Integrated development and the brownfields phenomena07 Nov 2007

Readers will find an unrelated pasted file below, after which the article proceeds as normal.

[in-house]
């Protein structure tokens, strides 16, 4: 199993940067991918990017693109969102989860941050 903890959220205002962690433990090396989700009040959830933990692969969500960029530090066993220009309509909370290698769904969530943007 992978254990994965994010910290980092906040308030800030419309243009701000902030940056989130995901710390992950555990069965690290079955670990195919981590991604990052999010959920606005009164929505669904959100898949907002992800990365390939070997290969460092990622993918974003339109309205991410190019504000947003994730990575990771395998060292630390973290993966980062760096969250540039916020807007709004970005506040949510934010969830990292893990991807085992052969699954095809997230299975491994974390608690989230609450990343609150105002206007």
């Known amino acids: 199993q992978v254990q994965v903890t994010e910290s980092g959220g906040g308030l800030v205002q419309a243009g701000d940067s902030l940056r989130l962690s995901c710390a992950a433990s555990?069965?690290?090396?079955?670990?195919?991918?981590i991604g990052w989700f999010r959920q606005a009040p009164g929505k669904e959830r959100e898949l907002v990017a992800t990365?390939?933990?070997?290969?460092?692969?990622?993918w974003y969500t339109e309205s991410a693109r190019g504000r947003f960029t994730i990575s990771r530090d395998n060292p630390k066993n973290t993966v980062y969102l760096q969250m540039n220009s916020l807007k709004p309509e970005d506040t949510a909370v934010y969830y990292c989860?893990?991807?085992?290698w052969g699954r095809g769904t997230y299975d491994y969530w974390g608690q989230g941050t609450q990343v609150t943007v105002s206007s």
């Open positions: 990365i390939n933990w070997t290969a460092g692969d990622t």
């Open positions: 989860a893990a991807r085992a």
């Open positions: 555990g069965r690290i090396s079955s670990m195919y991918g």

South African local government managers presently face a formidable range of challenges. Over and above the management of the local government institutional transformation processes and associated issues, an equally important management challenge looms, namely the brownfields phenomena. The problem of brownfields impacts widely within South African municipal boundaries. Brownfields are defined as follows: “Abandoned, idled, or under-used industrial and commercial facilities where expansion or redevelopment is complicated by real or perceived environmental contamination”. A question that confronts local communities in the 21st century is how to provide needed economic opportunities while, at the same time, avoiding the environmental degradation and social inequity that often accompany past models of development. This question is relevant in all spheres of government but particularly imminent for local government. Relations between communities and nature are, and have always been, complex. The socio-physical impact that unsustainable development within municipalities have on community health and nature, are signals that fundamental problems exist. Brownfields are to be found within most highly urbanised and industrialised South African municipalities. By their very nature brownfields are therefore inseparable from issues of social and economic development. In terms of legislation, South African local governments must submit integrated development plans that set out the authorities’ envisaged development strategies for the future. In the event where the above strategies do not reflect a coherent plan for achieving sustainable development which is set to address the needs of the present communities without compromising the ability of future communities to meet their own needs, local government will not be successfully transformed. What is called for is an integrated environmental management approach amidst the integrated developmental planning and implementation process. In this paper four conditions for the redevelopment of brownfields are identified: community involvement and partnerships, sustainable community development, economic opportunity for business and a strategic vision for urban redevelopment. Arguments are put forward as to why the said four conditions are important to attain sustainable brownfield redevelopment, why the processes of integrated environmental management should be applied in conjunction with integrated development planning and why local government managers have a key responsibility in this regard.